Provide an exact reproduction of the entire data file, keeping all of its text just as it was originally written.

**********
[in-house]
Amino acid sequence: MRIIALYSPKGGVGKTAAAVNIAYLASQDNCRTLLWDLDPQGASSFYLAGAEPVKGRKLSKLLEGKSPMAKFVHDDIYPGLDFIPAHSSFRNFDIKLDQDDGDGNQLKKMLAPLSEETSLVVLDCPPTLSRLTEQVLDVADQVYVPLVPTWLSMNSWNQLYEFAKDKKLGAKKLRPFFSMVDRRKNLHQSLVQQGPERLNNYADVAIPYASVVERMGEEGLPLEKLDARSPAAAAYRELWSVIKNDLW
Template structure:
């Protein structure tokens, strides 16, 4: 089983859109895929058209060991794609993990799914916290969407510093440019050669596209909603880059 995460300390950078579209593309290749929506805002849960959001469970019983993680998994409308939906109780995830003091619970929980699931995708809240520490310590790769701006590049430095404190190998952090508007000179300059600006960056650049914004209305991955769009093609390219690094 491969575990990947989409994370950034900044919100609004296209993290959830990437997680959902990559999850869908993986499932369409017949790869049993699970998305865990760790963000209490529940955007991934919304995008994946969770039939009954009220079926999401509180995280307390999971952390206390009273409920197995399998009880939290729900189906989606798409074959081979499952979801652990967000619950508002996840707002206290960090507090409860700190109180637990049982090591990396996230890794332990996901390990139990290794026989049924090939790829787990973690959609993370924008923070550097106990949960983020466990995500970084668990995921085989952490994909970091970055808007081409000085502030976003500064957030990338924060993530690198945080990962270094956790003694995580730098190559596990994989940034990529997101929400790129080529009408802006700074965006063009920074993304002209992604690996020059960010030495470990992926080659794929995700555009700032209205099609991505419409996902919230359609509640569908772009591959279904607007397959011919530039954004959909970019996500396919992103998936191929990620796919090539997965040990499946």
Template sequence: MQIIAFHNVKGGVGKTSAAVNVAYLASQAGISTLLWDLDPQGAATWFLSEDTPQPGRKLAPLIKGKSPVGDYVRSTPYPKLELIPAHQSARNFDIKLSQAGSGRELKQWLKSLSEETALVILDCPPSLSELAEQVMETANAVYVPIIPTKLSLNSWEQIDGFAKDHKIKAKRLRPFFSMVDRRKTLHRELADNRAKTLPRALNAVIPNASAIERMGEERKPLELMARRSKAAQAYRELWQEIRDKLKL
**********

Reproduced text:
[in-house]
Amino acid sequence: MRIIALYSPKGGVGKTAAAVNIAYLASQDNCRTLLWDLDPQGASSFYLAGAEPVKGRKLSKLLEGKSPMAKFVHDDIYPGLDFIPAHSSFRNFDIKLDQDDGDGNQLKKMLAPLSEETSLVVLDCPPTLSRLTEQVLDVADQVYVPLVPTWLSMNSWNQLYEFAKDKKLGAKKLRPFFSMVDRRKNLHQSLVQQGPERLNNYADVAIPYASVVERMGEEGLPLEKLDARSPAAAAYRELWSVIKNDLW
Template structure:
């Protein structure tokens, strides 16, 4: 089983859109895929058209060991794609993990799914916290969407510093440019050669596209909603880059 995460300390950078579209593309290749929506805002849960959001469970019983993680998994409308939906109780995830003091619970929980699931995708809240520490310590790769701006590049430095404190190998952090508007000179300059600006960056650049914004209305991955769009093609390219690094 491969575990990947989409994370950034900044919100609004296209993290959830990437997680959902990559999850869908993986499932369409017949790869049993699970998305865990760790963000209490529940955007991934919304995008994946969770039939009954009220079926999401509180995280307390999971952390206390009273409920197995399998009880939290729900189906989606798409074959081979499952979801652990967000619950508002996840707002206290960090507090409860700190109180637990049982090591990396996230890794332990996901390990139990290794026989049924090939790829787990973690959609993370924008923070550097106990949960983020466990995500970084668990995921085989952490994909970091970055808007081409000085502030976003500064957030990338924060993530690198945080990962270094956790003694995580730098190559596990994989940034990529997101929400790129080529009408802006700074965006063009920074993304002209992604690996020059960010030495470990992926080659794929995700555009700032209205099609991505419409996902919230359609509640569908772009591959279904607007397959011919530039954004959909970019996500396919992103998936191929990620796919090539997965040990499946």
Template sequence: MQIIAFHNVKGGVGKTSAAVNVAYLASQAGISTLLWDLDPQGAATWFLSEDTPQPGRKLAPLIKGKSPVGDYVRSTPYPKLELIPAHQSARNFDIKLSQAGSGRELKQWLKSLSEETALVILDCPPSLSELAEQVMETANAVYVPIIPTKLSLNSWEQIDGFAKDHKIKAKRLRPFFSMVDRRKTLHRELADNRAKTLPRALNAVIPNASAIERMGEERKPLELMARRSKAAQAYRELWQEIRDKLKL